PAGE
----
Browser testing/Guidelines and good practices
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See Selenium instead.
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- 1 Guidelines for writing browser tests
- 1.1 Do not put comments into Features/Scenarios
- 1.2 Say exactly what the test step does
- 1.3 Alphabetize Given/When/Then steps in the foo_steps.rb files
- 1.4 Avoid TODO and WIP
- 1.5 Be simple instead of clever
- 1.6 Don’t use element locators in steps files
- 1.7 Always have an assertion in a Then step
- 1.8 Don’t worry too much about DRY code
- 1.9 Use quotes for arguments in Feature steps
- 1.10 Prefer CSS selectors for page elements
- 1.11 Ruby stuff
Guidelines for writing browser tests
NOTE: If you are just starting with Cucumber and Page Objects, read the Quality Assurance/Browser testing/Very Basic Howto
Our recommendations boil down to this:
Be neat and be conscientious
Don’t be clever
Some examples of being neat and conscientious:
Do not put comments into Features/Scenarios
The intent of Features and Scenarios is to describe what it means for the feature in question to be functioning correctly. In a sense, all of the foo.feature files are 100% comments. If you have an urge to put a comment into a Feature or Scenario, consider improving the description of the test step instead.
For example, this
And I have created a Flow topic # which is not hidden (this is implicit from the above step)
should be something like
And I have created a Flow topic that is not hidden
Say exactly what the test step does
Don't do this:
Given(/^I am anonymous$/) do on(FlowPage).logout_element.click visit FlowPage end
Do this instead:
Given(/^I log out from a logged in session$/) do on(FlowPage).logout_element.click visit FlowPage end
(Except you should never log out of a test, see below)
Don’t do this:
Given(/^the page has re-rendered$/) do sleep 10 end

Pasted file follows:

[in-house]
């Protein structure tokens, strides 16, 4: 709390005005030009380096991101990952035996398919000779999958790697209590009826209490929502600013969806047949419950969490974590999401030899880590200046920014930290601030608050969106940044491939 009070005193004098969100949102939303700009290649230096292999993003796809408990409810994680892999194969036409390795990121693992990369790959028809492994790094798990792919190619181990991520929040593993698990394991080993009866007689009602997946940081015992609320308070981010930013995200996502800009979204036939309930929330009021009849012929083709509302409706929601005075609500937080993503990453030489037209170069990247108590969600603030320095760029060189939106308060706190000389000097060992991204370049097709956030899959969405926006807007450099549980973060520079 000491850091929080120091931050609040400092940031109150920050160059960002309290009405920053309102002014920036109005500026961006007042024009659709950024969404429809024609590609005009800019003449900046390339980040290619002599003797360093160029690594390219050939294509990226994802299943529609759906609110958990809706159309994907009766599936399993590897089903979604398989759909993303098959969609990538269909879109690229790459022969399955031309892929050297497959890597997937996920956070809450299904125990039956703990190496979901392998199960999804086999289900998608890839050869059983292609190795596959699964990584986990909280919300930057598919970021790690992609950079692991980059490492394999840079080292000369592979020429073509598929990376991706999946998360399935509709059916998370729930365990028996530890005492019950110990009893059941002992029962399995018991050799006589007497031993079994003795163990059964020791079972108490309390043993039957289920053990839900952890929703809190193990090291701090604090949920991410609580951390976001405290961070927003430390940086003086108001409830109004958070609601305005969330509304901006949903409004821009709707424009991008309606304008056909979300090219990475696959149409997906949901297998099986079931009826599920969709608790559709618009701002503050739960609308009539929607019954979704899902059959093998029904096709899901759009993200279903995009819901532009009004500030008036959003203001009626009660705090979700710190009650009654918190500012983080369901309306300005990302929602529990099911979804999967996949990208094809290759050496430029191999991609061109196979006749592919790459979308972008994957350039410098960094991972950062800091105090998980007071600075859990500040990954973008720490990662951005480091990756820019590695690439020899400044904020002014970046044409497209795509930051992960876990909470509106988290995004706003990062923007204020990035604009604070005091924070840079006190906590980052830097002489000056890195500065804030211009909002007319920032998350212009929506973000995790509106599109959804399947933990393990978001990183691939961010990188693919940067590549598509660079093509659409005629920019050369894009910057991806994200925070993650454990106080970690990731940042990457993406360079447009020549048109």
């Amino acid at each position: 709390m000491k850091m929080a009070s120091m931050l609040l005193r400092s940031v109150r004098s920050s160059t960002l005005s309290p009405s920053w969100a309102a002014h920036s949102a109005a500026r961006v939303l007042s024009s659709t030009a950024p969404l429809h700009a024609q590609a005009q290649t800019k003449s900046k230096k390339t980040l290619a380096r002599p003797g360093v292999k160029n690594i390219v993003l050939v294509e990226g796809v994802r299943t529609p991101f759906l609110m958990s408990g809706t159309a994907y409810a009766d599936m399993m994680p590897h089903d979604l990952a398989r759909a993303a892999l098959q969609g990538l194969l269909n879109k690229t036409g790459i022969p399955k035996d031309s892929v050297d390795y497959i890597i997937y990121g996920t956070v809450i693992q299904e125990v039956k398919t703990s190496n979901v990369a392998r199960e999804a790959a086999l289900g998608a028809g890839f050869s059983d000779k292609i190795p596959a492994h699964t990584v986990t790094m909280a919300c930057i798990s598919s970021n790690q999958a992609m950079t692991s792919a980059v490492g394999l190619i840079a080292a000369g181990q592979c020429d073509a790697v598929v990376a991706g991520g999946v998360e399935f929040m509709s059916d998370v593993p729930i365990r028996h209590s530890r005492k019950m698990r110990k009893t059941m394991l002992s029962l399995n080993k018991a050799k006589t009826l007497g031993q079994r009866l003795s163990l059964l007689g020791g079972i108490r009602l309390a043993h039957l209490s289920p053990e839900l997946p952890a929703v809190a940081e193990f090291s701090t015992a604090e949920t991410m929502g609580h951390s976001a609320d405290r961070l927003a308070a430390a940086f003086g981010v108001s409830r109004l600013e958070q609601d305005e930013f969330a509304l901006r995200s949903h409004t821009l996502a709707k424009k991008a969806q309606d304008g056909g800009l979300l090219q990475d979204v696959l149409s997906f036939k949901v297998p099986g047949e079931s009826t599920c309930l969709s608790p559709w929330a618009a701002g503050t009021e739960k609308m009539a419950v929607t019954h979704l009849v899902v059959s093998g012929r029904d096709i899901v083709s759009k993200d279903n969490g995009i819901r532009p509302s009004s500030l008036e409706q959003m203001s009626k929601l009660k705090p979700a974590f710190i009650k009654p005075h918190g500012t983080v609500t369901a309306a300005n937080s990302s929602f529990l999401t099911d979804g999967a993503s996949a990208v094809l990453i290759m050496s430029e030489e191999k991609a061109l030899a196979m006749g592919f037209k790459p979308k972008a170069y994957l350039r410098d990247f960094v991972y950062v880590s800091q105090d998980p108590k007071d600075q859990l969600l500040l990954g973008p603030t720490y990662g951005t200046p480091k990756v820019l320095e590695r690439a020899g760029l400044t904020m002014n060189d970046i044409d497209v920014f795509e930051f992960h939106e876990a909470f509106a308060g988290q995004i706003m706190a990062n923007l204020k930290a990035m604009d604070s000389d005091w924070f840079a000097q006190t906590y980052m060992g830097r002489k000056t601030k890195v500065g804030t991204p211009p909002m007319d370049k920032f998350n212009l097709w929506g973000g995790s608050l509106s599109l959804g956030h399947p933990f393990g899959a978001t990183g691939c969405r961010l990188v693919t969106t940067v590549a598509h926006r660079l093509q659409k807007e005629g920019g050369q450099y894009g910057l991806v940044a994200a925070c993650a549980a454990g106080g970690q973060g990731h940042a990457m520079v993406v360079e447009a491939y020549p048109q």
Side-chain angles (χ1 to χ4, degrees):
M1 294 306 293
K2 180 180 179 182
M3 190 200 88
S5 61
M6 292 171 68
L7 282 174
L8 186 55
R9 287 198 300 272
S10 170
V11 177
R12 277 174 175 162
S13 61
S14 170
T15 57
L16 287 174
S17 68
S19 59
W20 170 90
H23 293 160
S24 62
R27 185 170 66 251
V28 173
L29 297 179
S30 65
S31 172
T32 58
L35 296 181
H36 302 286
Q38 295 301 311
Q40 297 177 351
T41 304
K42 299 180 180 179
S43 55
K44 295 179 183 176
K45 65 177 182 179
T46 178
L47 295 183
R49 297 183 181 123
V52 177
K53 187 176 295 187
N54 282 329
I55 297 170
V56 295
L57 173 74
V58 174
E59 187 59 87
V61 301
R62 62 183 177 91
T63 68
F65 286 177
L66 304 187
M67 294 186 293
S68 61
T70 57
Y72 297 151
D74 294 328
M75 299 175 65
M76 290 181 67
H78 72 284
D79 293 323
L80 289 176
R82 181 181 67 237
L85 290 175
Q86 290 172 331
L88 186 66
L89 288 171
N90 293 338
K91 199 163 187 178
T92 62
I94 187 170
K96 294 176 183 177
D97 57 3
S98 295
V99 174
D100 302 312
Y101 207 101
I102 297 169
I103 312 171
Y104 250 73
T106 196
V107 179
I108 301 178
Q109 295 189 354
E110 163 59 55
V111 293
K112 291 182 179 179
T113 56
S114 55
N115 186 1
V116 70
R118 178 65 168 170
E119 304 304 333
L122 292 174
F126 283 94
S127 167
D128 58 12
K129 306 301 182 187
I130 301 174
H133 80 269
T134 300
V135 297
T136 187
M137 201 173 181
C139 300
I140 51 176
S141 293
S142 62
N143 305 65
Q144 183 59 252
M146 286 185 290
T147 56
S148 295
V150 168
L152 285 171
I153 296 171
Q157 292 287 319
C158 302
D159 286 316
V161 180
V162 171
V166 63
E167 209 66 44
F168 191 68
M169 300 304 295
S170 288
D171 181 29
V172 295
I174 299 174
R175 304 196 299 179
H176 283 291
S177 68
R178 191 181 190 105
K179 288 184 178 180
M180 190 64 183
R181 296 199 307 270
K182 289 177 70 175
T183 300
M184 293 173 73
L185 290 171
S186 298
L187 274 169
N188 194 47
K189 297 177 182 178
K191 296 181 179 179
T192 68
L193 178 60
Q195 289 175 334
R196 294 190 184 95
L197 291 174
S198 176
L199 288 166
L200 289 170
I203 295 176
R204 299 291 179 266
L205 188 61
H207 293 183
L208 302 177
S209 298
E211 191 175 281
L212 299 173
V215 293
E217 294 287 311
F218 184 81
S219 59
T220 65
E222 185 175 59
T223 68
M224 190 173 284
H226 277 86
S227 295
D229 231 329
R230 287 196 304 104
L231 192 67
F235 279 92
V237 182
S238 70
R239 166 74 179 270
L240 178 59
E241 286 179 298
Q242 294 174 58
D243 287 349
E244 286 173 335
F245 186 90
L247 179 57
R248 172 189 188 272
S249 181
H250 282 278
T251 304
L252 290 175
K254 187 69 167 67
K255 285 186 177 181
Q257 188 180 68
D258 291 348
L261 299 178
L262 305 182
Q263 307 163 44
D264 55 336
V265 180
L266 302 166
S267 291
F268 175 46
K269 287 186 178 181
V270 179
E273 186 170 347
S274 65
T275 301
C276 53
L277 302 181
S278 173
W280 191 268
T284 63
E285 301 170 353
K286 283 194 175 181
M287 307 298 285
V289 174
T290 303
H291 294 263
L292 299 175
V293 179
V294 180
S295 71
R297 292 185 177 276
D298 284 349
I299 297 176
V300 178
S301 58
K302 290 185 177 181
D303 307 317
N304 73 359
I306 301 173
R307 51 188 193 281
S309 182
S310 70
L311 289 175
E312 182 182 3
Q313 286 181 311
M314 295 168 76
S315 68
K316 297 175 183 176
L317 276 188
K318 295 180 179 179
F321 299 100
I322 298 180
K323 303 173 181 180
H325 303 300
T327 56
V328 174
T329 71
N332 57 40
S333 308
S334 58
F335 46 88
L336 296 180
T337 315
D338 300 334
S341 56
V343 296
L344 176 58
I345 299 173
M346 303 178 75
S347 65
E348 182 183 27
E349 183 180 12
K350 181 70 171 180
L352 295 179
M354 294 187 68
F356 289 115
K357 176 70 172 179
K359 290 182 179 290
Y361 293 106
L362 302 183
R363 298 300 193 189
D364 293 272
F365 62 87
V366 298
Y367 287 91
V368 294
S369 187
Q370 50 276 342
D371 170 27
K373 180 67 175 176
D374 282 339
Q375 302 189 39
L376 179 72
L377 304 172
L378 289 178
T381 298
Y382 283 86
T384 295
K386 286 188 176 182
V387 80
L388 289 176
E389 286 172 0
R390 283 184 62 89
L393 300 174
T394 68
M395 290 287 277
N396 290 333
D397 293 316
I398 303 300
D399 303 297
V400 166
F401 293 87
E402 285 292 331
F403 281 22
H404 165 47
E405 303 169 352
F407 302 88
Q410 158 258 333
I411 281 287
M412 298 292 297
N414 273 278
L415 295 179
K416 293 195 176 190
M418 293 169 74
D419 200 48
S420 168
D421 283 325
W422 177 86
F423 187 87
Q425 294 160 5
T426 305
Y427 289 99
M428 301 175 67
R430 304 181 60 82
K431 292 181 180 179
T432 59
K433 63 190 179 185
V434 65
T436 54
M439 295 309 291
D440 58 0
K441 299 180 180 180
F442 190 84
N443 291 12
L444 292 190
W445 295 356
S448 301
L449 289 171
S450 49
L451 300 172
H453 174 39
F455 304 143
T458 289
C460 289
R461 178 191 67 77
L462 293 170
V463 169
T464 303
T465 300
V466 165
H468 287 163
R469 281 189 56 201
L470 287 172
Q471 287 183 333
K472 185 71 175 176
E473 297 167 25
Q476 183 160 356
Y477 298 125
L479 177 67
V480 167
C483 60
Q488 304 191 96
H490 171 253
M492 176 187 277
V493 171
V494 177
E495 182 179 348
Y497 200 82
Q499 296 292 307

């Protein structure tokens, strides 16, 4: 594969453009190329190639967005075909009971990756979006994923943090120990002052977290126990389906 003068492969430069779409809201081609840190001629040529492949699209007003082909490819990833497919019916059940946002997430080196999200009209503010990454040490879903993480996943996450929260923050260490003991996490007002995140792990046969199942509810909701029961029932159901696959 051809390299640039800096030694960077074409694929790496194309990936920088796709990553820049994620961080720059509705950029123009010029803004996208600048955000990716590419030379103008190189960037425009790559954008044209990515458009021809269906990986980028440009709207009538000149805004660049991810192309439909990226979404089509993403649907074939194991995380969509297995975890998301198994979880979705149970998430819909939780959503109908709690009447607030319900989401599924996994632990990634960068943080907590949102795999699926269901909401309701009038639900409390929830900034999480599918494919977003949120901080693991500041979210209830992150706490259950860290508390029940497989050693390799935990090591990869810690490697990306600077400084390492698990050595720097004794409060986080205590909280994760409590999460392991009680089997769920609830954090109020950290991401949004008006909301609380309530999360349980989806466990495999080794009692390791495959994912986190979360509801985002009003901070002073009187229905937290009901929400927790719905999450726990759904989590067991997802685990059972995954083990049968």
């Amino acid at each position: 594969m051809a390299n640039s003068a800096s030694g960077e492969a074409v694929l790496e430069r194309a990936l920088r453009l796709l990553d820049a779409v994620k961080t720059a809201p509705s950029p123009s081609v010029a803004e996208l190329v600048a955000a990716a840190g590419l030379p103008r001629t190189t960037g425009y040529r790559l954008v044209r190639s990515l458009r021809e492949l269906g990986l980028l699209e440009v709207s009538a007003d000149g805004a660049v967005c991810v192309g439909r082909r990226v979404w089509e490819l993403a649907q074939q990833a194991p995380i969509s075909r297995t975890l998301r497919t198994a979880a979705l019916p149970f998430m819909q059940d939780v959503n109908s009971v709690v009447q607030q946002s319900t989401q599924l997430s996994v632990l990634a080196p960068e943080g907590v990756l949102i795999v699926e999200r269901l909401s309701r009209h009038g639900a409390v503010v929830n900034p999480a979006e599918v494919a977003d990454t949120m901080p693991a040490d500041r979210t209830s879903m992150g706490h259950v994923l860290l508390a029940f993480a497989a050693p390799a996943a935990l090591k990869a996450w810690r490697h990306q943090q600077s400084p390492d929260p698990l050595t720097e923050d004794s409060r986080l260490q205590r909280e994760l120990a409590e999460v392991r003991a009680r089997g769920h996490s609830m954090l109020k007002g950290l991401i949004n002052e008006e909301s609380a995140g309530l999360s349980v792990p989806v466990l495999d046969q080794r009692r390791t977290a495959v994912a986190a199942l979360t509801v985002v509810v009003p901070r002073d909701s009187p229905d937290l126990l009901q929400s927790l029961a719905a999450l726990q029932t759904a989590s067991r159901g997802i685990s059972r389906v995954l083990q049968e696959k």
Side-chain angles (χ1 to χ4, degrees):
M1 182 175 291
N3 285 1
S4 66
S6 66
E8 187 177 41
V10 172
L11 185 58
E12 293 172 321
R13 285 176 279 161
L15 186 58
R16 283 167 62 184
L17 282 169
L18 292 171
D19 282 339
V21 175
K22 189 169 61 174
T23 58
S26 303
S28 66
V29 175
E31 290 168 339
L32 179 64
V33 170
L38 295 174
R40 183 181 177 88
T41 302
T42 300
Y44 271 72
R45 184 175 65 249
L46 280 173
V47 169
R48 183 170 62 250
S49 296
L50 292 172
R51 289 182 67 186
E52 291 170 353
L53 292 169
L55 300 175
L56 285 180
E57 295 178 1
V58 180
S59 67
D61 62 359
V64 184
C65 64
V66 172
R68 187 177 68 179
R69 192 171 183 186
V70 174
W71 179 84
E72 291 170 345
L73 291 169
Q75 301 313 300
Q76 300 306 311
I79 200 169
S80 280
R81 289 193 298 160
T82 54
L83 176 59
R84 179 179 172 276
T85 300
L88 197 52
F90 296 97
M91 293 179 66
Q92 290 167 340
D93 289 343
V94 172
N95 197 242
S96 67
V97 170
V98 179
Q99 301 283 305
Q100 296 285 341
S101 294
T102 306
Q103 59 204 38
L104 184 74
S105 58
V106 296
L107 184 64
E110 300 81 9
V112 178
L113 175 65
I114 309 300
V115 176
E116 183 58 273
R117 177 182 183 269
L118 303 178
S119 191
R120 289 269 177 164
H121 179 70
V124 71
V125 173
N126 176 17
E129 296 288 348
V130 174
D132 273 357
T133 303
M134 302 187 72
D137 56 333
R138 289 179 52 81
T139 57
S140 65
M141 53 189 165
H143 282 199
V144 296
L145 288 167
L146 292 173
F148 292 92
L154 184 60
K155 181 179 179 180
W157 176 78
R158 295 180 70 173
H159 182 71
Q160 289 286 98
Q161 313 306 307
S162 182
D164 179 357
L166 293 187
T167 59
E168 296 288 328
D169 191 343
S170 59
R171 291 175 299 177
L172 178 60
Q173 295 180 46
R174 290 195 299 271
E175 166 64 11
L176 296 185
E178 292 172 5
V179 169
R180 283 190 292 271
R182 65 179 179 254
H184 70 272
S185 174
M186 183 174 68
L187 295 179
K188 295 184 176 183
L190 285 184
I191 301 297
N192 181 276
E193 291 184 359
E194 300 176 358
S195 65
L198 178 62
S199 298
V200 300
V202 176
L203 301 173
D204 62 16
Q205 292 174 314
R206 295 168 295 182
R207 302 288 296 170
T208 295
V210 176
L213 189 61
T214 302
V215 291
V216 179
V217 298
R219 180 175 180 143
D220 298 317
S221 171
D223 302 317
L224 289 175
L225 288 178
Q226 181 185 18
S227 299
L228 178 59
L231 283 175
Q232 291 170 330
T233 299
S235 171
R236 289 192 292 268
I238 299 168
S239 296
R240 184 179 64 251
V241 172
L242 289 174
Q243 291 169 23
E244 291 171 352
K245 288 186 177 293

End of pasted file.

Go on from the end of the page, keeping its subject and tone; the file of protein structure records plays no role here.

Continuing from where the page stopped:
Do this instead:
Given(/^I pause for ten seconds$/) do sleep 10 end
(Except don’t use sleep! See below)
Alphabetize Given/When/Then steps in the foo_steps.rb files
Given aa Given ab When aa When ab Then aa
This makes it much easier to maintain the tests into the future.
Avoid TODO and WIP
If you must have TODO and WIP things in your test files, don’t check them into the master branch. These make maintenance and understanding difficult for others. Far better to have minimal clear test coverage than complex test coverage not implemented.
Be simple instead of clever
Some examples of being simple instead of clever:
Never use sleep()
Sleep is always a bad practice and it is (almost) never necessary. If you can’t find a way to make the test work without sleep(), ask Chris or Zeljko or Nik or Dan, or send a note to the QA mail list, we’ll sort it out.
We share users among all the test repos. If you need to be an anonymous user for a test, create a separate test. Logging out from your test logs out the user for every other test that is running.
If you need to be logged in to create some test data in a Given step, use the API instead, see Quality Assurance/Browser testing/Writing tests#API login.
Conditionals are a smell